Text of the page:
Metro's Matt Elliott, formerly of Ford For Toronto, keeps the light shining on Mayor John Tory's city hall.
Speeding, reckless turns and hungry wolves: Stop blaming Toronto pedestrians for dangerous drivers
The majority of crashes are caused by factors within the control of drivers. So, why are we continuously telling pedestrians to smarten up?
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If you listened only to the warnings to pedestrians issued by police officers, paramedics and other city officials over the last few weeks, you’d be forgiven for assuming that wolves are roaming our streets.
Big wolves, and hungry – with a taste for pedestrian blood.
The logic is sound.
Over the last month, as the days have grown darker, we’ve heard a Toronto paramedic spokesperson make a public call to pedestrians to wear bright clothing, to not “rush with umbrellas,” and – incredibly — to ensure that boots are broken-in before venturing outside.
We’ve also heard a Peel police officer advise that children only travel city streets in groups, for fear that it’s dangerous to go alone. And just last week we heard Toronto Coun. Jaye Robinson name “distracted walking” as a serious safety concern.
But, of course, none of this safety advice to pedestrians is about wolves.
Instead, this is all about cars.
More specifically, it’s about the tendency for cars to injure and kill pedestrians on city streets.
I’m not a biologist, but I can tell you that cars are different than wolves in several ways. Most importantly, where wolves are driven by hunger, desire and the cruel light of the full moon, cars are driven by human beings. And those human beings are totally capable of moderating their speed to match road conditions or taking extra care to not mow down people who are simply trying to cross intersections.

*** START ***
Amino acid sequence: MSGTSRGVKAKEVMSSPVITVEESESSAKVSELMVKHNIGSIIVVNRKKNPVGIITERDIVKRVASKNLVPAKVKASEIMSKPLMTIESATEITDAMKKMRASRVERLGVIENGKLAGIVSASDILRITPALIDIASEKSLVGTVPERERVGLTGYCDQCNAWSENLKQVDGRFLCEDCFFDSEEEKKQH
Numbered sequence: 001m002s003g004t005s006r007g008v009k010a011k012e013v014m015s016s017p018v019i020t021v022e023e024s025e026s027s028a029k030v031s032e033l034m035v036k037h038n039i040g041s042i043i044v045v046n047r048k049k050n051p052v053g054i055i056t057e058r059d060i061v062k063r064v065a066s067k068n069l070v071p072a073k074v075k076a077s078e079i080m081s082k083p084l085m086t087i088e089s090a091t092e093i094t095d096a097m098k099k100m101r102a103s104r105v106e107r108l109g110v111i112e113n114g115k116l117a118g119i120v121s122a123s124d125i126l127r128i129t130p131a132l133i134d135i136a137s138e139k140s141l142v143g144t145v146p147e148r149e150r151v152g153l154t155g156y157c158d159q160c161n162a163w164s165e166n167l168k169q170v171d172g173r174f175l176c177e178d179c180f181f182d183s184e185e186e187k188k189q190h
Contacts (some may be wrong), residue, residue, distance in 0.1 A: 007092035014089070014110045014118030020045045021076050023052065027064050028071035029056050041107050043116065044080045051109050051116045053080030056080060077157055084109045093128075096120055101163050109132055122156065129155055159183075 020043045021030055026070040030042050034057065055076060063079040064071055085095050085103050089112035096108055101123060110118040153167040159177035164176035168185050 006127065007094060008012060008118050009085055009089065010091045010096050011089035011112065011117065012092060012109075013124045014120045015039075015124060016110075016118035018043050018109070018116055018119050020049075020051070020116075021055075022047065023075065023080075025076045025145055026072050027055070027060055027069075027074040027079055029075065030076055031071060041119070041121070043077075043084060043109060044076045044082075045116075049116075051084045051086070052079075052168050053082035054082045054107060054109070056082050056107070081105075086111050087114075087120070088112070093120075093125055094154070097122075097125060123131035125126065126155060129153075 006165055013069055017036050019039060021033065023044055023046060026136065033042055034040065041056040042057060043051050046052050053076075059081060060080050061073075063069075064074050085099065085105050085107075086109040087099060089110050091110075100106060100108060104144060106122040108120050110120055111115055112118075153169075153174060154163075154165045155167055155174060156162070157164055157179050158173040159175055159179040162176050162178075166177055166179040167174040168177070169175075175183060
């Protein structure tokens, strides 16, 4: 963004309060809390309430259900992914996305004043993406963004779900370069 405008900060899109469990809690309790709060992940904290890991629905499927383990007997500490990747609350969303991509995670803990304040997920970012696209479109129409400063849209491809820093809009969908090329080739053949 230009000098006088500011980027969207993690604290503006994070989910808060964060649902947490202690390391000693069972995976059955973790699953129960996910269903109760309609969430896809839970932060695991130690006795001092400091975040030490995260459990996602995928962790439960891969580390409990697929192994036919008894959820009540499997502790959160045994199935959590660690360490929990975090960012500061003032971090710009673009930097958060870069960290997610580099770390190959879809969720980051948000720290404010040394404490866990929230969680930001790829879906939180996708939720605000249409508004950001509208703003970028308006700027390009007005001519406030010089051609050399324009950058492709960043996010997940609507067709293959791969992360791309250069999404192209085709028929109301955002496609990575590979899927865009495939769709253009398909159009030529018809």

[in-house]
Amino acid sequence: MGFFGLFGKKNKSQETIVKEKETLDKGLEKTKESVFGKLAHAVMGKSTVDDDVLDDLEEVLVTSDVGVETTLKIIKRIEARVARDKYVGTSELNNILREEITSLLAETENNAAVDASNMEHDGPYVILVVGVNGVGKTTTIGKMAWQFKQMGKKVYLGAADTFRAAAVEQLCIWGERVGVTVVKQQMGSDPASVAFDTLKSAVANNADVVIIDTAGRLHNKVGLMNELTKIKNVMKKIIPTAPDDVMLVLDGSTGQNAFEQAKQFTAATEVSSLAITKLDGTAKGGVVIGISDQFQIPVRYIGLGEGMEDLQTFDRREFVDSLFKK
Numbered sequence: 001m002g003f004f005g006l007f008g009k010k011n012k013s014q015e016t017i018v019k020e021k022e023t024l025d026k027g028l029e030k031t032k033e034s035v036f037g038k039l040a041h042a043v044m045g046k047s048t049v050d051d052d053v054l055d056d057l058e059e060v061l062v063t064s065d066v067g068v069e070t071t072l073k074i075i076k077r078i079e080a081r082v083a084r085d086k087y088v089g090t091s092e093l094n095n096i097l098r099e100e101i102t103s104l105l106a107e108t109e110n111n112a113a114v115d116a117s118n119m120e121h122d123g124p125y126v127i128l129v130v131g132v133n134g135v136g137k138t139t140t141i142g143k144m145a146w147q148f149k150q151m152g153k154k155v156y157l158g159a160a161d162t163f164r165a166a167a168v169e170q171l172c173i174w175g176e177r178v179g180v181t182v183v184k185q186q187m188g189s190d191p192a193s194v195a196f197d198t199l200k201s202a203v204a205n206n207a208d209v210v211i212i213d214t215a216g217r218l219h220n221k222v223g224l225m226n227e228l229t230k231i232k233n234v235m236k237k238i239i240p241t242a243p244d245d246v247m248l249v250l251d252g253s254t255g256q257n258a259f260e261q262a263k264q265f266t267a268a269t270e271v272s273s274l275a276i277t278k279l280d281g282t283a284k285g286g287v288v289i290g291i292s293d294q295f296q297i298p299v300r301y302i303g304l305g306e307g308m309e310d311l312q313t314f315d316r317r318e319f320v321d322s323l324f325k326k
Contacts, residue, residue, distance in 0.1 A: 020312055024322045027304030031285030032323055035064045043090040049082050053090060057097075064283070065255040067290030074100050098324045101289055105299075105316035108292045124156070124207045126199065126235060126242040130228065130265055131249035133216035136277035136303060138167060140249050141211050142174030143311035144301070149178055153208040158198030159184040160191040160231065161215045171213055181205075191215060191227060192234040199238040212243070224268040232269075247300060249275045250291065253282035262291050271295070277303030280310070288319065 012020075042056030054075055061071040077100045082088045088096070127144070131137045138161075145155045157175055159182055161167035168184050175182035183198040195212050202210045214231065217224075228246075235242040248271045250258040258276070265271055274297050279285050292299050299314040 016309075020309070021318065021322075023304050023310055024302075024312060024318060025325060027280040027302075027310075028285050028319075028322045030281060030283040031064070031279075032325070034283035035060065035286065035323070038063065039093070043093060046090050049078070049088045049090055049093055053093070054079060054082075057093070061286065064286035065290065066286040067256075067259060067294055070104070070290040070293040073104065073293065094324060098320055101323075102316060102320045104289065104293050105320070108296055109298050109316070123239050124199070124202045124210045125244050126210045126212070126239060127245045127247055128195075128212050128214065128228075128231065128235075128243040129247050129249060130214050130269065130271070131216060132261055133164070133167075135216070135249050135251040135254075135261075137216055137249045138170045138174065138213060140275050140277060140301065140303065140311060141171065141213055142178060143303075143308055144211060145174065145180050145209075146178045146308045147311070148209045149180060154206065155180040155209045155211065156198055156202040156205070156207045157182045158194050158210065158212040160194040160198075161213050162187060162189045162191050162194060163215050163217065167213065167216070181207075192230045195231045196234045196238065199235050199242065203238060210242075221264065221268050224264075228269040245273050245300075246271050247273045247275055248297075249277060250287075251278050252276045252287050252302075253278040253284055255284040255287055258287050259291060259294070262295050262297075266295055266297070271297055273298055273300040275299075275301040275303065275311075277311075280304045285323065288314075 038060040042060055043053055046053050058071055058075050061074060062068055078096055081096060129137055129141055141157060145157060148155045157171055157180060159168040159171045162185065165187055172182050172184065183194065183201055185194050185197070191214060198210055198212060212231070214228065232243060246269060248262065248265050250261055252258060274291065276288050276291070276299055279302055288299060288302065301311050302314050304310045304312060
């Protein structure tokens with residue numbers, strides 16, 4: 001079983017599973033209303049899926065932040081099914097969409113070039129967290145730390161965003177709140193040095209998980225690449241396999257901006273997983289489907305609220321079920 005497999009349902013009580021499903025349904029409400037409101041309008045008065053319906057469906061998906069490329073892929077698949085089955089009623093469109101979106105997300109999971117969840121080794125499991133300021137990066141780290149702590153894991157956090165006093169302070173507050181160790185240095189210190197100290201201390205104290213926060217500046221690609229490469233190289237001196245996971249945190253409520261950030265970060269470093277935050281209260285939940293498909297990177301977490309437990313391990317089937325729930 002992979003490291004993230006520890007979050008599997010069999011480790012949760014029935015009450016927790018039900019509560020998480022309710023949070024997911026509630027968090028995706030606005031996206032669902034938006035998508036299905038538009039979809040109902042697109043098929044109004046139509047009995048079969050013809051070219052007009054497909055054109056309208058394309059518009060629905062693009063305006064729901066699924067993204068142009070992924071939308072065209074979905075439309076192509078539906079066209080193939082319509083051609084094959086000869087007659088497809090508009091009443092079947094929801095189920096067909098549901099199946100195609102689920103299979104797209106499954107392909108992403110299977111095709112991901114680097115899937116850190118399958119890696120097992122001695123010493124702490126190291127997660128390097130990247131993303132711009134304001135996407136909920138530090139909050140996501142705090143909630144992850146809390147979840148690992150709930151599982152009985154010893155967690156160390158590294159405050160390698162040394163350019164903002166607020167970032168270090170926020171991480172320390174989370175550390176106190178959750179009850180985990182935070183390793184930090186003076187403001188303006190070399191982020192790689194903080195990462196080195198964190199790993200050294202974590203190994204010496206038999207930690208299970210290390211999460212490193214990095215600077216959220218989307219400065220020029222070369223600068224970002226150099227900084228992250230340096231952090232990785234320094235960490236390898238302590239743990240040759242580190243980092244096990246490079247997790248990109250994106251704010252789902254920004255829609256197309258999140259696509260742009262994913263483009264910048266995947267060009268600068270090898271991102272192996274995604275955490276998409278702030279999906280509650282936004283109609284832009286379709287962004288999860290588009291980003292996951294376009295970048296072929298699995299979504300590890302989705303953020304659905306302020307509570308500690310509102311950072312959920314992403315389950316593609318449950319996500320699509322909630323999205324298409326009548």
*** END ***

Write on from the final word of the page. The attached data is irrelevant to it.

They’re capable of making decisions to keep pedestrians safe.
If wolves were indeed ravaging Toronto’s streets, these constant calls for pedestrian vigilance might make sense. But when the danger is entirely because of cars, the logical thing to do is put the largest share of the responsibility on those behind the wheel.
But that doesn’t happen often enough. Sure, the grab bags of tips and tricks offered to pedestrians always comes with a cursory reminder to drivers to be safe and attentive, but the scale never seems correctly weighted.
Statistics on the subject of pedestrian safety points to drivers bearing a vastly greater responsibility for preventing collisions. A Toronto Public Health study released in 2015 found that pedestrians had the clear right of way in 67 per cent of collisions reported between 2008 and 2012 that resulted in an injury or death.
The report also found that “pedestrian inattentiveness” was a factor in just 13 per cent of these incidents.
In the vast majority of cases where a pedestrian is hit, the major factors are things totally within the control of the driver. Things like speed, reckless turns and driver distraction.
With our streets besieged by dangerous driving — not dangerous wolves — we should be hearing far more about that.
Put the blame where it belongs.